Research and Scholarship

several open books in grass

Full Time Faculty

Chris Barnett

Christopher B. Barnett received his Doctor of Philosophy in Theology from the University of Oxford. Broadly speaking, he is interested in modern theology and philosophy, while areas of concentration include Kierkegaard and existentialism, Christian Spirituality, theology and the arts (especially film), the philosophy of technology, and the rise of atheism in (post)modernity. In addition to several articles and book chapters, he has published three books: Kierkegaard, Pietism and Holiness (2011), From Despair to Faith: The Spirituality of Søren Kierkegaard (2014), and Theology and the Films of Terrence Malick (coedited with Clark J. Elliston, 2016). He is currently working on a number of book-length projects, including Scorsese as Theologian and Kierkegaard and the Question Concerning Technology.

Gerald Beyer

Gerald J. Beyer is Associate Professor of Christian Ethics at Villanova University and Associate Editor of Horizons: The Journal of the College Theology Society.  His research explores the theoretical underpinnings of the Catholic social tradition and applies them to issues such as economic justice, human rights and workers’ rights, political responsibility, racism and corporatized higher education.  His publications include Recovering Solidarity: Lessons from Poland’s Unfinished Revolution (Univ. of Notre Dame Press, 2010) and numerous articles in journals and popular outlets.  Beyer also co-edited and contributed a chapter to the critical edition of Karol Wojtyła, Katolicka etyka społeczna (Lublin: Wydawnictwo KUL, 2018).  His forthcoming book is tentaively titled Solidarity or Status Quo? Catholic Social Teaching and Higher Education in the Age of the Corporatized University (Fordham University Press).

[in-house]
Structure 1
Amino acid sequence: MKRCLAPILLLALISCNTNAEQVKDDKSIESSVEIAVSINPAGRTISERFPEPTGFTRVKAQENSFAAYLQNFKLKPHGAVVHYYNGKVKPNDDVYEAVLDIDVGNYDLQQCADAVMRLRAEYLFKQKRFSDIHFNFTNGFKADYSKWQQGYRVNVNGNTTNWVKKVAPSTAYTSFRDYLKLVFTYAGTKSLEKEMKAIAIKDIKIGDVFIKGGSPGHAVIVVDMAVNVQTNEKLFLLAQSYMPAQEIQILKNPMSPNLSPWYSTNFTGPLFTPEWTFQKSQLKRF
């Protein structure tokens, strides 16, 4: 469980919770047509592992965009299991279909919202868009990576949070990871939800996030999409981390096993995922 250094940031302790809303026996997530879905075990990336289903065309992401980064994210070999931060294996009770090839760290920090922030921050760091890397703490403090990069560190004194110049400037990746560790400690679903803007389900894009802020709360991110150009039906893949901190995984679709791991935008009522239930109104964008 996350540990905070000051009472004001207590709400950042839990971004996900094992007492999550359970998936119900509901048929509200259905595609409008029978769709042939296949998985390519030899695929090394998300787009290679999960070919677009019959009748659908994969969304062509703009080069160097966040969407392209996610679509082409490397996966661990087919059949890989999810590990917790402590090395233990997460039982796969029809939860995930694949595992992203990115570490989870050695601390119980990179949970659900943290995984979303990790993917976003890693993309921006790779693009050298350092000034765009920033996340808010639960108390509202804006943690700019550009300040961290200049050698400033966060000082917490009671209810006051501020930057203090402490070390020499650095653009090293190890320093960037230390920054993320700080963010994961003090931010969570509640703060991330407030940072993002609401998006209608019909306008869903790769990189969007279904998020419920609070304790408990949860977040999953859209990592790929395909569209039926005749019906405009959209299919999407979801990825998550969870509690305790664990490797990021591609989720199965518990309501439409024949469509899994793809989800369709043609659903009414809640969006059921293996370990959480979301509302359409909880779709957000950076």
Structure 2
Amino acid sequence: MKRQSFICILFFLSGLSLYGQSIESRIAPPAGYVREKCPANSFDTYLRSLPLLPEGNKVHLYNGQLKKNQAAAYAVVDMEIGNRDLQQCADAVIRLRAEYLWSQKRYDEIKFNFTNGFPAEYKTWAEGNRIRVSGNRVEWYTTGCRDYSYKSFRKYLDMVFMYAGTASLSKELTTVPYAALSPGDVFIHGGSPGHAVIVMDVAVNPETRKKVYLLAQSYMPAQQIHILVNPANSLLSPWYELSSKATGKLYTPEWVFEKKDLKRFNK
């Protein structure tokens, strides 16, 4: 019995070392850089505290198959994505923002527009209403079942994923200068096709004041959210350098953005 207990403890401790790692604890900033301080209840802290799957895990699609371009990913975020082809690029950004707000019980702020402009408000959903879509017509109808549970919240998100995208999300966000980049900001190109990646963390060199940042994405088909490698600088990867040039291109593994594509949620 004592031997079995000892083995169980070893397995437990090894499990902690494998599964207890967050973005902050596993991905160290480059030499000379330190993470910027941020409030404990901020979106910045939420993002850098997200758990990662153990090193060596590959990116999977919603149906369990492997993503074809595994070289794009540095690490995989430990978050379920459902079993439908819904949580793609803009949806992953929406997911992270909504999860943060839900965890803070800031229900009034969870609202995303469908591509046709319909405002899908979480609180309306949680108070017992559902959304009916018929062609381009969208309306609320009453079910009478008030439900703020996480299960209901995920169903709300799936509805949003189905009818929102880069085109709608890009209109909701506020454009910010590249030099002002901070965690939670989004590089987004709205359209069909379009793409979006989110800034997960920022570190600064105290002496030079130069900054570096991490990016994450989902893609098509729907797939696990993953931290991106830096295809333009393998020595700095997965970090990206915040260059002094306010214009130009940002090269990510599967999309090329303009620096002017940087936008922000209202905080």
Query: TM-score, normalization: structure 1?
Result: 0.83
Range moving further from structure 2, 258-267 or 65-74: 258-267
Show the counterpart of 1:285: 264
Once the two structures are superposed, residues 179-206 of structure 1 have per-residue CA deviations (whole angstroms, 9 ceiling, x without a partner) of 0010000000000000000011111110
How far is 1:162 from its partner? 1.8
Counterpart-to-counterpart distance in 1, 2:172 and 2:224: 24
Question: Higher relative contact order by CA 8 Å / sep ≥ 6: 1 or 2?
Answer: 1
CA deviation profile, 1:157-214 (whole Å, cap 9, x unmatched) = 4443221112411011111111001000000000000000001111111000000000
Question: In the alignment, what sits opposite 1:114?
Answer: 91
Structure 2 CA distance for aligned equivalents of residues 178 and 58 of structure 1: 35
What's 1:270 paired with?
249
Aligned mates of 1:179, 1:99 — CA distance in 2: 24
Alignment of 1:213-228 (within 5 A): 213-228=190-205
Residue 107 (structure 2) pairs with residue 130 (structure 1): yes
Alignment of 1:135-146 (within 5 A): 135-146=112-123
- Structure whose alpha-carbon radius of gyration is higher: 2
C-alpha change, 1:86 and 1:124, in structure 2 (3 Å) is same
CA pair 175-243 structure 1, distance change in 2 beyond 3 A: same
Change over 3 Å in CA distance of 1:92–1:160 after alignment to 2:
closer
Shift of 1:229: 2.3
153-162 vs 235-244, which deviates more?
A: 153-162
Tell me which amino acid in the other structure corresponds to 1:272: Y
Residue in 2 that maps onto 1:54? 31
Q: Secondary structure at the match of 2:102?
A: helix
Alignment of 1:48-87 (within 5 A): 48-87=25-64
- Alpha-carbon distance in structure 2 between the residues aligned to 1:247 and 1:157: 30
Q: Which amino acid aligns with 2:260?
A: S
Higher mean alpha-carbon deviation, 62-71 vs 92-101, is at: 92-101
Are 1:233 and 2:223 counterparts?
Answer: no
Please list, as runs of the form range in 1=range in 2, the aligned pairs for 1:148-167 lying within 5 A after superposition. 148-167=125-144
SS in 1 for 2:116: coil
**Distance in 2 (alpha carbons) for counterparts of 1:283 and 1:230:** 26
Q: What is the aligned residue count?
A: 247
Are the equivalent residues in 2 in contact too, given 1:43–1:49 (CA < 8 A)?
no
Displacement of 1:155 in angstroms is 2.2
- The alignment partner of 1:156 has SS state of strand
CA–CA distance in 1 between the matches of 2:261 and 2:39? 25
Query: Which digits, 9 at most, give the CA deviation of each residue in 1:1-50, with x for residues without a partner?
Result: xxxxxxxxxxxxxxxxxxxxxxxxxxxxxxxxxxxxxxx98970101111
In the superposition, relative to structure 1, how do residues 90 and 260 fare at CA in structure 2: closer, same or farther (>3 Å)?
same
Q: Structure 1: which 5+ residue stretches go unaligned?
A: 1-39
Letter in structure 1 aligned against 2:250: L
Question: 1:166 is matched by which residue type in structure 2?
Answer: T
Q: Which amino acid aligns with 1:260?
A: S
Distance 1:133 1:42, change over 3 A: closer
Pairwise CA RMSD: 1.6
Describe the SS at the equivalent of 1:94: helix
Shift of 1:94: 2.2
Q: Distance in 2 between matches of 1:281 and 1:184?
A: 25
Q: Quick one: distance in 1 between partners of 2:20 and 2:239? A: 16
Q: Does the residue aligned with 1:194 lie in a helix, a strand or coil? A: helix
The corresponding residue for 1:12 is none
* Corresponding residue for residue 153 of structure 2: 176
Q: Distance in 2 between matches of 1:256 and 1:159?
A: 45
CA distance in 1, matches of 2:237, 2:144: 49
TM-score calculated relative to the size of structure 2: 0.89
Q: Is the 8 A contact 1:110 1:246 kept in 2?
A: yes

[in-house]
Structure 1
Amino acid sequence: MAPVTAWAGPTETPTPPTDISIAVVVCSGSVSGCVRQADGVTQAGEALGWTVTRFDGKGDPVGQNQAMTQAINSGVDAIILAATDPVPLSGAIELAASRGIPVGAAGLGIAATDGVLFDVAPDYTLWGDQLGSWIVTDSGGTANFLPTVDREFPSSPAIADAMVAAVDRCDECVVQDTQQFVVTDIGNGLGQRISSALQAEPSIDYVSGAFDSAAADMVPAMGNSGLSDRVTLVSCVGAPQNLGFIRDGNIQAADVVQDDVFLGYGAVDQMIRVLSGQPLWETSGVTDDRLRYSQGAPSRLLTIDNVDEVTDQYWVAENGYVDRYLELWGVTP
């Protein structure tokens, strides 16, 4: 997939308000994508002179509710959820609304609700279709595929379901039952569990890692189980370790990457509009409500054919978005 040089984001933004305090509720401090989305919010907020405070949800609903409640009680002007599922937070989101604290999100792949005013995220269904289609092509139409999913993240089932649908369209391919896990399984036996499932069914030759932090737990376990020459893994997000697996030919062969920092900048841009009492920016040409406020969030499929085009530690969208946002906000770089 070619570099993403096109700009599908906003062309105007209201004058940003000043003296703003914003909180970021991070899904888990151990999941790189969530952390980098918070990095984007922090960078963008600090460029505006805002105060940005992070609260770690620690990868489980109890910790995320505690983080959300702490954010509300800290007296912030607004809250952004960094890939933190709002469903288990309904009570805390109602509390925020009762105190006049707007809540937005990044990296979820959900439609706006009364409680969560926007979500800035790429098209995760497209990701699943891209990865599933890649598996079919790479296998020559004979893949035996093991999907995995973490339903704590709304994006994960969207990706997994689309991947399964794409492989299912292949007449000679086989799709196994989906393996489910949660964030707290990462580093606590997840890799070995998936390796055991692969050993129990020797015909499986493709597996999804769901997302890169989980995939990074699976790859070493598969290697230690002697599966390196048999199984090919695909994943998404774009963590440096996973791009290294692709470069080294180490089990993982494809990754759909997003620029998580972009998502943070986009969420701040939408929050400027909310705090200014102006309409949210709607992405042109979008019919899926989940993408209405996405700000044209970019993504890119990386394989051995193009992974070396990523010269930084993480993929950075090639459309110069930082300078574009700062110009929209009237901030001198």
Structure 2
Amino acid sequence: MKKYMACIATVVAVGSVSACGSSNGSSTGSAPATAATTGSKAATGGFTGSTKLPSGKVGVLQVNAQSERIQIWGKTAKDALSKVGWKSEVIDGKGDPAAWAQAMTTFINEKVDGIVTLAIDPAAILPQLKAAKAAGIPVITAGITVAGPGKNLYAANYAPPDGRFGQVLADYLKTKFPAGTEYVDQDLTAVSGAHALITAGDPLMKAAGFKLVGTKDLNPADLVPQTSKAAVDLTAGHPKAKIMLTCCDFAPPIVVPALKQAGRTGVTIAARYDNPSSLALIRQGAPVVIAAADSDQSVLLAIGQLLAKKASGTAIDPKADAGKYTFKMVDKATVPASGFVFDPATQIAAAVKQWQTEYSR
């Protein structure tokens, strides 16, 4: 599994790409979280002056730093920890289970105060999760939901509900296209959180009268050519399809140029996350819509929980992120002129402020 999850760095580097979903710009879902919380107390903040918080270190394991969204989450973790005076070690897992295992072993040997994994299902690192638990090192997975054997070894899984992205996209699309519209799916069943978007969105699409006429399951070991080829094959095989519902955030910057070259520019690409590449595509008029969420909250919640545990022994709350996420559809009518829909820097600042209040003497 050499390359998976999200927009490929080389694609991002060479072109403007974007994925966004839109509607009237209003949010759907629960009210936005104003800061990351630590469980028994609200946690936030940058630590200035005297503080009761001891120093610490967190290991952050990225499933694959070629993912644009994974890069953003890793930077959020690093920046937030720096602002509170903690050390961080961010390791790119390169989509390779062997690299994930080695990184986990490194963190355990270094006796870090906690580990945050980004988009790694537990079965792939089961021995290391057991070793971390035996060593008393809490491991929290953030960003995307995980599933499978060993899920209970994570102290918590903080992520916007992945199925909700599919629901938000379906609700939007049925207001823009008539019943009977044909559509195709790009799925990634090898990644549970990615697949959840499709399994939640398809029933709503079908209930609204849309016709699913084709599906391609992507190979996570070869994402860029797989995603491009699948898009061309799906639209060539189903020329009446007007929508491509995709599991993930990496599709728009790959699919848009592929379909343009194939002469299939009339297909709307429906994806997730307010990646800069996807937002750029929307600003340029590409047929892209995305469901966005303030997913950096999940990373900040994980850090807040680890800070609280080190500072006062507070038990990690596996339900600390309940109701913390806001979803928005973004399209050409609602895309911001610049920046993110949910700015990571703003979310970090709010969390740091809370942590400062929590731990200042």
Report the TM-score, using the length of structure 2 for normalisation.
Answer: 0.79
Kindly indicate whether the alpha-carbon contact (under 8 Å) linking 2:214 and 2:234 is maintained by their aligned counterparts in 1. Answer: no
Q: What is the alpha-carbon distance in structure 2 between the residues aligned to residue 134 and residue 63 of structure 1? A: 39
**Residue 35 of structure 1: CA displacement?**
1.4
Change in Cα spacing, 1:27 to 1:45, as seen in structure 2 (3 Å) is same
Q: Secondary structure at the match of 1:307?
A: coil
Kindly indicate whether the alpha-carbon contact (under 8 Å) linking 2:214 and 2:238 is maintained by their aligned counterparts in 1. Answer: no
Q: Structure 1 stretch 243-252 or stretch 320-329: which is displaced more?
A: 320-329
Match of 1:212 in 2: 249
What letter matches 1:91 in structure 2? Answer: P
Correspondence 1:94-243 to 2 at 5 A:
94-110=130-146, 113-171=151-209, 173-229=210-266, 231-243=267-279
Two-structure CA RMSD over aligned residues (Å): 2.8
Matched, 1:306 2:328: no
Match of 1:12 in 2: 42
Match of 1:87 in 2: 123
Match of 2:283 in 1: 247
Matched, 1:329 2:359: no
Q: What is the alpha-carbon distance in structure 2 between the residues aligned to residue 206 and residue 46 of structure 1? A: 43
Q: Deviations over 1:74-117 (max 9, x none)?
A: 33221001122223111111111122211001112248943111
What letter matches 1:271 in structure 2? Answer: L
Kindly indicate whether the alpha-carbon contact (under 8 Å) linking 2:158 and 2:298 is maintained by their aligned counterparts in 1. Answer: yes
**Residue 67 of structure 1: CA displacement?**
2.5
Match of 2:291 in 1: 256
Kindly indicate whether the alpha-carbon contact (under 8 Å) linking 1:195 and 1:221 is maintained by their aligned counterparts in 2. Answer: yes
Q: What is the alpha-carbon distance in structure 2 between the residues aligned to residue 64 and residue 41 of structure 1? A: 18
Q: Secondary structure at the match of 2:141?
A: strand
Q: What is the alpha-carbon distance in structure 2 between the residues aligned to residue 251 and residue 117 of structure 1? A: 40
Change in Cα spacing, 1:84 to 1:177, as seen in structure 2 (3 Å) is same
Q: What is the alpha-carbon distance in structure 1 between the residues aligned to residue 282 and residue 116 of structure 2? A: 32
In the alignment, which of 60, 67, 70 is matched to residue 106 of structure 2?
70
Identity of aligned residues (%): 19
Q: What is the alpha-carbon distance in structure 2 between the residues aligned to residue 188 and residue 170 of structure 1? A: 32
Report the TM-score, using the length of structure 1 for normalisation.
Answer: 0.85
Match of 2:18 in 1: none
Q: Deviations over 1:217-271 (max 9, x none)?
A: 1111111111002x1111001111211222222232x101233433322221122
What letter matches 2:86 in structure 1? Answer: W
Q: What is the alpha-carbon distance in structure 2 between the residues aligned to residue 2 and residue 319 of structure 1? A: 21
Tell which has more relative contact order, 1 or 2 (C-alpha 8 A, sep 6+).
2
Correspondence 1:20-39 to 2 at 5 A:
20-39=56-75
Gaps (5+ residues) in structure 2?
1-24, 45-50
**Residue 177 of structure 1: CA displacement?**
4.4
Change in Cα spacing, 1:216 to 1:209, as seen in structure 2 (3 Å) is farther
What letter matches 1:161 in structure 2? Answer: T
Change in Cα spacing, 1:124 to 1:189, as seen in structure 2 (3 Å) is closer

Beyer is Chair of the PA American Association of University Professors (AAUP) Catholic Caucus, Vice President of the Villanova AAUP Chapter, and Executive Committee member of Catholic Scholars for Worker Justice.  


Timothy Brunk

Dr. Timothy Brunk's field is sacramental / liturgical theology and he am interested in particular in the connection between worship and ethics, i.e., how sacramental practice does or does not form believers to be virtuous.  His research currently focuses on the challenges posed to authentic sacramental practice by a culture permeated by consumerism.  This focus is part of a larger interest in liturgy and culture.

Read Dr. Timothy Brunk articles on Pray Tell


Francis Caponi is interested in the perduring value of Thomistic approaches to theological themes, especially Christology, eschatology, aesthetics, and Scriptural hermeneutics. He has essays on Thomas Aquinas’ understanding of mercy and justice, and his Commentary on the Gospel of Matthew, upcoming in The Journal of Religion and The Journal of Theological Interpretation. His recent course offerings include “Angels and Demons,” “Mary and the Saints,” and a class on the work of C.S. Lewis. He is preparing a course on lesser known Catholic classics of the 20th century, including works by Ronald Knox, Romano Guardini, Henri de Lubac, and Hilaire Belloc.


Paul Danove

Dr. Paul L. Danove earned a Bachelor of Science in Physics (1974), Master of Divinity (1986), Licentiate in Sacred Theology (1990), and Doctor of Philosophy in Biblical Studies (1991). His published research is in the semantic study of the Greek of the Septuagint and New Testament and in the narrative and rhetorical study of the text of the Gospel of Mark.


Villanova University selects Theology and Religious Studes Professor for 2017 Outstanding Faculty Research Award

Ilia Delio

Ilia Delio, OSF, a Franciscan Sister of Washington, D.C. holds the Josephine C. Connelly Endowed Chair in Theology at Villanova Universe.  Her area of research is Science and Religion with interests in artificial intelligence, evolution, quantum physics and the import of these for religion and culture. She holds a doctorate in Pharmacology from Rutgers University-  Biomedical and Health Sciences and a doctorate in Historical Theology from Fordham University.  She is the author of eighteen books and numerous articles.  Her recent books include Making All Things New: Catholicity, Cosmology and Consciousness and The Unbearable Wholeness of Being: God, Evolution and the Power of Love, for which she won the 2014 Silver Nautilus Book Award.  Her latest book A Hunger for Wholeness:  Soul, Space and Transcendence will be published by Paulist Press (2018).